by Mel Kleiman, CSP, an internationally recognized consultant, author, and speaker on strategies for hiring and retaining the best hourly employees.
Stop for a moment and ask yourself which of your achievements, at work or in your personal life, makes you feel most proud? Which of your goals inspire such passion in you that you had no choice but to keep moving toward it, regardless of how long it took you to achieve it? (Now, can you articulate that in an interview to ‘sell’ yourself?)
In a job interview
, if I asked you to tell me about the achievement of which you feel most proud, your answers would give me one of the most important pieces of information I could have as your manager, which is where your passion lies–for where passion lies so do key motivators
. As I analyze the answers you give me I would also get a good idea of your work style and the obstacles you’ve overcome.
The achievements we value reveal both our strongest character traits and our strongest desires. Identifying these speak volumes about the kind of employee the applicant can become. This is why the second question in an(y) interview should be what I asked at the beginning, “Which achievement at work, in school, or in your personal life makes you feel most proud?
Ask This Question Because – The answer gives you a frame of reference for the applicant’s values and a way to measure his or her progress from the time of the first job.
(Take out the last resume you’ve received). Imagine a graph that shows achievements on the left side. Across the bottom is a timeline that begins with the applicant’s first job. When you fill in an applicant’s achievements, look for points of growth and expansion. Do achievements grow or increase in number as time moves forward?
Don’t expect achievements to be in a straight line. That’s not how we humans learn. Psychologists tell us there are four stages to learning a skill:
- Unconscious incompetence – in which we aren’t aware of our poor performance;
- Conscious incompetence – when we know how much skill we don’t have;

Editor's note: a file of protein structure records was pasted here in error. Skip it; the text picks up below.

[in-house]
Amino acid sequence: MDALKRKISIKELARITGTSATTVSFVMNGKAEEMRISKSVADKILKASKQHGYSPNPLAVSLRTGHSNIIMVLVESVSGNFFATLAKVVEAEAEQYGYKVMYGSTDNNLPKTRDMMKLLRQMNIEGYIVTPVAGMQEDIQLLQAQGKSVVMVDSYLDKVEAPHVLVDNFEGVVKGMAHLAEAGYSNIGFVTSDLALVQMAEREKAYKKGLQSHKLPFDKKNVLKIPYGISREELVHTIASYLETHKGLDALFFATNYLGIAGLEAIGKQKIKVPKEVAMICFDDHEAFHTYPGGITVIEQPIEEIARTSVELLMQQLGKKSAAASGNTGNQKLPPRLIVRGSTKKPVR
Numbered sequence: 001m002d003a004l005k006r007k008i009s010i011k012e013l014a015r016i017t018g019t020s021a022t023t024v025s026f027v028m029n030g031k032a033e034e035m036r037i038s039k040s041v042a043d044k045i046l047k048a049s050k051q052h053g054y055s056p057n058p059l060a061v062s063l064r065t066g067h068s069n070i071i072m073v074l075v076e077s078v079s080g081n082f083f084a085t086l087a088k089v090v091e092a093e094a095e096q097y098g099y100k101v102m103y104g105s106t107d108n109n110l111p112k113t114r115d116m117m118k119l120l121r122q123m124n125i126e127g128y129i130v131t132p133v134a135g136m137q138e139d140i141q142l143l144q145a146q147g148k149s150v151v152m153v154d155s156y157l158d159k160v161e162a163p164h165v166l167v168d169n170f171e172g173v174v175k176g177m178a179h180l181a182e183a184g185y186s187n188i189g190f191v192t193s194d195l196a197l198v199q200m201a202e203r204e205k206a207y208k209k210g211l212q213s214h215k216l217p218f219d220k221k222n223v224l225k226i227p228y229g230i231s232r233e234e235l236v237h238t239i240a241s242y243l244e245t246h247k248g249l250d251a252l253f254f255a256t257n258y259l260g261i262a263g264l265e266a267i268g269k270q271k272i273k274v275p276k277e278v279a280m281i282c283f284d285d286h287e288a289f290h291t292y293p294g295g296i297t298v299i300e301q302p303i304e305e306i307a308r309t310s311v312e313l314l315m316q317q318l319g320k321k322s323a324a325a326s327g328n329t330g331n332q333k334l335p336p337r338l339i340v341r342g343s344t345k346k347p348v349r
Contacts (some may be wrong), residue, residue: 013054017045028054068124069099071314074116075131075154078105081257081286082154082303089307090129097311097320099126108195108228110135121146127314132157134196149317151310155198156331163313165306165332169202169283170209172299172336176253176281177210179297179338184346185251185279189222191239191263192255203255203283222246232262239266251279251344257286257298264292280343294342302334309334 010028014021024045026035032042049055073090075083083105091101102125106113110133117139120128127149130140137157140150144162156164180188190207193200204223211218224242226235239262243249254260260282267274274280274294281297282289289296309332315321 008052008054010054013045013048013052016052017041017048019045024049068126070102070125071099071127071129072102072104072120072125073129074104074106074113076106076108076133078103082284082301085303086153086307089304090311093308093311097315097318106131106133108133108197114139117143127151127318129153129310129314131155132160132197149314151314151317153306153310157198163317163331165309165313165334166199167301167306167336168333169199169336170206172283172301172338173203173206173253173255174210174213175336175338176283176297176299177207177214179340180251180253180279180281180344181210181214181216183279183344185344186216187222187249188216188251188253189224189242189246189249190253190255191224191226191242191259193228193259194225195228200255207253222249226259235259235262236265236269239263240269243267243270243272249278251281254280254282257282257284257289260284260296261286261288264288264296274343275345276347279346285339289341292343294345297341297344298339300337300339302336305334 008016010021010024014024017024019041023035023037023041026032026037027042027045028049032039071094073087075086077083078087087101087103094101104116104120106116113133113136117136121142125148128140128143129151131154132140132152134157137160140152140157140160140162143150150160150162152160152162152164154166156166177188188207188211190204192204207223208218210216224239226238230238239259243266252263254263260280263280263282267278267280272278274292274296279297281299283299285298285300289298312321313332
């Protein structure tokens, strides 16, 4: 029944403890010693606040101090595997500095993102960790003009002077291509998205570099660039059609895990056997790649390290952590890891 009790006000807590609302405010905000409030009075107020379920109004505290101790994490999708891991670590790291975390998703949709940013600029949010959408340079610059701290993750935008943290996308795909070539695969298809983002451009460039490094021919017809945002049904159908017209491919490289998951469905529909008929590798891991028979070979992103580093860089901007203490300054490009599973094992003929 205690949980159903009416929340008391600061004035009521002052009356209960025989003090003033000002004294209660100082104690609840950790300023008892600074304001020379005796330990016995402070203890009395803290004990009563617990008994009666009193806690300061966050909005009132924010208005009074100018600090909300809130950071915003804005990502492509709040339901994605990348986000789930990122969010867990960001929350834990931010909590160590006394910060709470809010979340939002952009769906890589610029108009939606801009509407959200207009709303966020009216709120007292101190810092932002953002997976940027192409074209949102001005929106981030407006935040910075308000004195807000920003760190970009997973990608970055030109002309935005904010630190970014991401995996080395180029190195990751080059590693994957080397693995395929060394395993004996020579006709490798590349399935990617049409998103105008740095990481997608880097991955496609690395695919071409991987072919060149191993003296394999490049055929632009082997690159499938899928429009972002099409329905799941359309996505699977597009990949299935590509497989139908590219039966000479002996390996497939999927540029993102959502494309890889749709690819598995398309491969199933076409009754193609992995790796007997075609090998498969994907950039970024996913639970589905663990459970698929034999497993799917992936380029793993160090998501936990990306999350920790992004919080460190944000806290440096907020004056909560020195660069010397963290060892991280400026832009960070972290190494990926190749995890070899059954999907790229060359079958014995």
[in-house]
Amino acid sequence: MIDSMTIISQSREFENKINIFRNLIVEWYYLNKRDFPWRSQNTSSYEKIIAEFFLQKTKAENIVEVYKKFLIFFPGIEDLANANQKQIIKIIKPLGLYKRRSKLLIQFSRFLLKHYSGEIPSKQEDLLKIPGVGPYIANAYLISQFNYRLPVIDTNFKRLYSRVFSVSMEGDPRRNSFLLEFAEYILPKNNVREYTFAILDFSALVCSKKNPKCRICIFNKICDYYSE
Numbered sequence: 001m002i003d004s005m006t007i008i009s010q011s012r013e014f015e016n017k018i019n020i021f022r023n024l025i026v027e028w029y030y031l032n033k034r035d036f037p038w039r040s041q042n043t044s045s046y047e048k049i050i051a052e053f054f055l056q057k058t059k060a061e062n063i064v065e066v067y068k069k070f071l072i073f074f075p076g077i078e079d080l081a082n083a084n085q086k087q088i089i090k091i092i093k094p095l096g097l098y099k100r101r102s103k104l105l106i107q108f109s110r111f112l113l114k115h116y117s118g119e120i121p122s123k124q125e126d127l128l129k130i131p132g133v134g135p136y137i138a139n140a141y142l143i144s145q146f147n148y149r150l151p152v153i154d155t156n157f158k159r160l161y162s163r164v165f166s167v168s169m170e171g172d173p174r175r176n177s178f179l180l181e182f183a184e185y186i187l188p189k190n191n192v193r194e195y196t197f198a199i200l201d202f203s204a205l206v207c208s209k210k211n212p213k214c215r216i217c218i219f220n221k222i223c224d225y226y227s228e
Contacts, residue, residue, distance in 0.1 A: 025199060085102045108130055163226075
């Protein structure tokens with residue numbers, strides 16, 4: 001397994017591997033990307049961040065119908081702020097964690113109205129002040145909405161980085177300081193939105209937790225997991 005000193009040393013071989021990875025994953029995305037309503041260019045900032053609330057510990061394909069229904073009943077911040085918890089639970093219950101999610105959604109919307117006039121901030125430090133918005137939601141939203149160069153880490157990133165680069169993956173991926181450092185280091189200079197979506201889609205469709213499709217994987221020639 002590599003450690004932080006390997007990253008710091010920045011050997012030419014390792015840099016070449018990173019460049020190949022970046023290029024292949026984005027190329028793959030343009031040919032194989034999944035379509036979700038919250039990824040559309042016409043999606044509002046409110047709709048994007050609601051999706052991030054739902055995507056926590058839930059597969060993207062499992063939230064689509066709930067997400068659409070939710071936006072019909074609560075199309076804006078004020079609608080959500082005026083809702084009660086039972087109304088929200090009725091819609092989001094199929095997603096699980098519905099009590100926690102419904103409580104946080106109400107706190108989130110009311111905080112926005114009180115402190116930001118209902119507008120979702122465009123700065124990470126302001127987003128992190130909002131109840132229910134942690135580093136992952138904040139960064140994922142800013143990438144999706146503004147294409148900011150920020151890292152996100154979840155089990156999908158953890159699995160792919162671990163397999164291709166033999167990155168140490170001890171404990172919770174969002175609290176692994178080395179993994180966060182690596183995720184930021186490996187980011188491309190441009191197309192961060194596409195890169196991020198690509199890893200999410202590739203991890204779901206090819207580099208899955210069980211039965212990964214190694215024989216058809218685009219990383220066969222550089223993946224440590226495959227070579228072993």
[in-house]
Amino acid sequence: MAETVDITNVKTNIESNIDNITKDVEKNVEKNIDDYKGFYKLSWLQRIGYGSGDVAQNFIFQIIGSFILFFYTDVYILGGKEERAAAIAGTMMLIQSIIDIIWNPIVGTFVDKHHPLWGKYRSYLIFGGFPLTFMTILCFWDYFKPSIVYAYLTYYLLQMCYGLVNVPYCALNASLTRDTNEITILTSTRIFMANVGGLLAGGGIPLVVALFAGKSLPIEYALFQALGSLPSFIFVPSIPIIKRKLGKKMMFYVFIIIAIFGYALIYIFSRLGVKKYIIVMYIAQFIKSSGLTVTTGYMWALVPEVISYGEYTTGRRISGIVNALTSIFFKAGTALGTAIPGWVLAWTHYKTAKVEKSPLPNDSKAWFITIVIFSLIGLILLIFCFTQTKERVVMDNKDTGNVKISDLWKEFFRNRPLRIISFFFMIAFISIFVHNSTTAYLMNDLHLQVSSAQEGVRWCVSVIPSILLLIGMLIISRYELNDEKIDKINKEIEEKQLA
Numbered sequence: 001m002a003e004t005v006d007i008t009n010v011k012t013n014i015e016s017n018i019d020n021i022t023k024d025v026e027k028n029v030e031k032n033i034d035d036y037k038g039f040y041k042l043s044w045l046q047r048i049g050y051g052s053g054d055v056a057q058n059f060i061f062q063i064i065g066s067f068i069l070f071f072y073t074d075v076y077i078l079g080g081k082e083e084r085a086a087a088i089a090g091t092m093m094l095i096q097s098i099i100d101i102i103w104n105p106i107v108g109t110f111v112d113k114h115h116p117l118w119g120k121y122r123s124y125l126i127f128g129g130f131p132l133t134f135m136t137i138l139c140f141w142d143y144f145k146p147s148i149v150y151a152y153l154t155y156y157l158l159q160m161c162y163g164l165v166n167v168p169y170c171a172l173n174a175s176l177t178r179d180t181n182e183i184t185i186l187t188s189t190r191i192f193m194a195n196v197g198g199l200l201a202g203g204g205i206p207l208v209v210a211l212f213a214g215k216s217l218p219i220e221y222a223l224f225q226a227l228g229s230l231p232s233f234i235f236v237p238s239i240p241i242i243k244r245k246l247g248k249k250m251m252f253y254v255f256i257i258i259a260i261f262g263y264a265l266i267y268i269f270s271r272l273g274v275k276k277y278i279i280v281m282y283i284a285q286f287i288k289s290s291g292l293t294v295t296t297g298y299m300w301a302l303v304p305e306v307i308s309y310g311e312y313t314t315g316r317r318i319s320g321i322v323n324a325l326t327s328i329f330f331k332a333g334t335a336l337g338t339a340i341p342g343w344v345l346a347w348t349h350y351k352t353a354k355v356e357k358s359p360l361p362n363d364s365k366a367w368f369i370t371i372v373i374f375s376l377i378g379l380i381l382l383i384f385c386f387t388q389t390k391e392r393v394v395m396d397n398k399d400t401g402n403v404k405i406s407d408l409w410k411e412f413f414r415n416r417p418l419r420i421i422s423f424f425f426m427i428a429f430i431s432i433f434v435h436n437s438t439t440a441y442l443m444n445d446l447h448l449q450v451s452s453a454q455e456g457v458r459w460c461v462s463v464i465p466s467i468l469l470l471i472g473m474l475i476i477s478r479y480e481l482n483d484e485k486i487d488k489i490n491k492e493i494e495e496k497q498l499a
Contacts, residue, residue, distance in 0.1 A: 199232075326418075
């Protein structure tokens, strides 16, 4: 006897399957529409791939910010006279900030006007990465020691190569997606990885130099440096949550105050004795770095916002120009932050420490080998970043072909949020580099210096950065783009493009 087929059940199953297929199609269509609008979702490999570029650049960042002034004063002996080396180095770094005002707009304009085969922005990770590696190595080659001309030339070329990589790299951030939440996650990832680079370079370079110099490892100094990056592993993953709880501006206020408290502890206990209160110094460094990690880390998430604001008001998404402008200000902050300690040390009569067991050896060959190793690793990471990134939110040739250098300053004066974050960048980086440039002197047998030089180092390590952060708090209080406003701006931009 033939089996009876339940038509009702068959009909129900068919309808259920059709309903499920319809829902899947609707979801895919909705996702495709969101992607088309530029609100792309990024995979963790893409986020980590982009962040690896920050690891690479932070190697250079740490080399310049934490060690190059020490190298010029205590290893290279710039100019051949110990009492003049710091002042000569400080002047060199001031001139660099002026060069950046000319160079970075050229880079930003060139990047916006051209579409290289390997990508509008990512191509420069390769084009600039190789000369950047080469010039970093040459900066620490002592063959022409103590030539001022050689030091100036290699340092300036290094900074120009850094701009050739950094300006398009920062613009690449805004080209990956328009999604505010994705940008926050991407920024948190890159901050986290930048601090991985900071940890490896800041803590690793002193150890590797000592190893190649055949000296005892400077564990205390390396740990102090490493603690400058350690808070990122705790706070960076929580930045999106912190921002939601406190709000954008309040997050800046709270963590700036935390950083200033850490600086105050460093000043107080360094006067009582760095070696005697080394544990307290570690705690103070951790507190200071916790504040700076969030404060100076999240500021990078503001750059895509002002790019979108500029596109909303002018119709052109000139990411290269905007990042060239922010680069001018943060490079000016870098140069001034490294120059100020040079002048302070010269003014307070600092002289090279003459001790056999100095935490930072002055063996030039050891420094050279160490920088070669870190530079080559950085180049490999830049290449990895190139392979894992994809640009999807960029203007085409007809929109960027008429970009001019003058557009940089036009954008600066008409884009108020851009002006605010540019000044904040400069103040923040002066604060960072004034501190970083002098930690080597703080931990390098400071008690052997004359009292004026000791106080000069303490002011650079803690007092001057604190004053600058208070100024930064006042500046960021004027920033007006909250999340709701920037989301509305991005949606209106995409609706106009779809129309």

- Conscious competence – which requires a high level of constant attention; and
- Unconscious competence – when we perform well without having to think much about it if we have to think about it at all.
Everyone’s achievement line will peak and drop several times. What’s important is that both the highs and lows keep moving higher as time goes by.
Focus On Achievement, Not Skills
What we normally get in behavioural interviewing is “Tell me about a time you had to deal with an angry customer” or, “Tell me about a time you were part of a team.” Such questions tell applicants what we value instead of getting us information about theirs. Applicants who’ve read anything about behavioural interviewing can come up with a couple of answers to make sure they look good.
What You Should Listen For:
Enthusiasm, obstacles and perseverance.
Most people show enthusiasm when they talk about their achievements. In fact, if you don’t see enthusiasm during this conversation this probably isn’t an applicant you’d want to hire. Be sure you ask what obstacles and challenges applicants had to overcome in order to achieve their goals and what they did to overcome them. Bigger obstacles signal bigger achievements. The difference between successful and unsuccessful people is that successful people do things every day that unsuccessful people don’t do; because they persevere, they reach their goals.
You can expand this question in a number of ways. For example:
- “What had you achieved by the time you were 15 years old?”
- “What’s your biggest achievement within the past five years?”
- “What’s the greatest obstacle you had to overcome?
- “Who helped you? How did you do it? What did you learn from it?
- “What would you do differently looking back at it now?”
Listen for achievements in the past and recently.
Include those accomplished as an individual and those that required other people’s help. If the proudest achievement is too far in the past to suit you, ask for more recent ones; if it’s in the immediate past, ask about those that occurred earlier.
I once interviewed a kid whose proudest achievement was having made the world’s highest score playing Pac Man. “Hmmm,” I thought…. “maybe that didn’t have a lot to do with work, but perhaps it took dedication and drive?” It turned out that one day the applicant just happened to run up a higher score than the highest one listed at that time in the Guinness Book of World Records. No skill, no practice, just luck.
On the other hand, I recently met a man who didn’t have a high school diploma but became the most successful area supervisor in a large company. Everyone else who works at his level has a college degree. Recognizing that achieving the position he desired meant first overcoming prejudice about his lack of educational credentials, this man asked his boss to give him some direction in areas he felt he needed help, and got co-workers to teach him as well. He’s justifiably very proud of what he’s achieved.
Text contained in brackets was added by SmartHire(R) – www.smarthire.ca.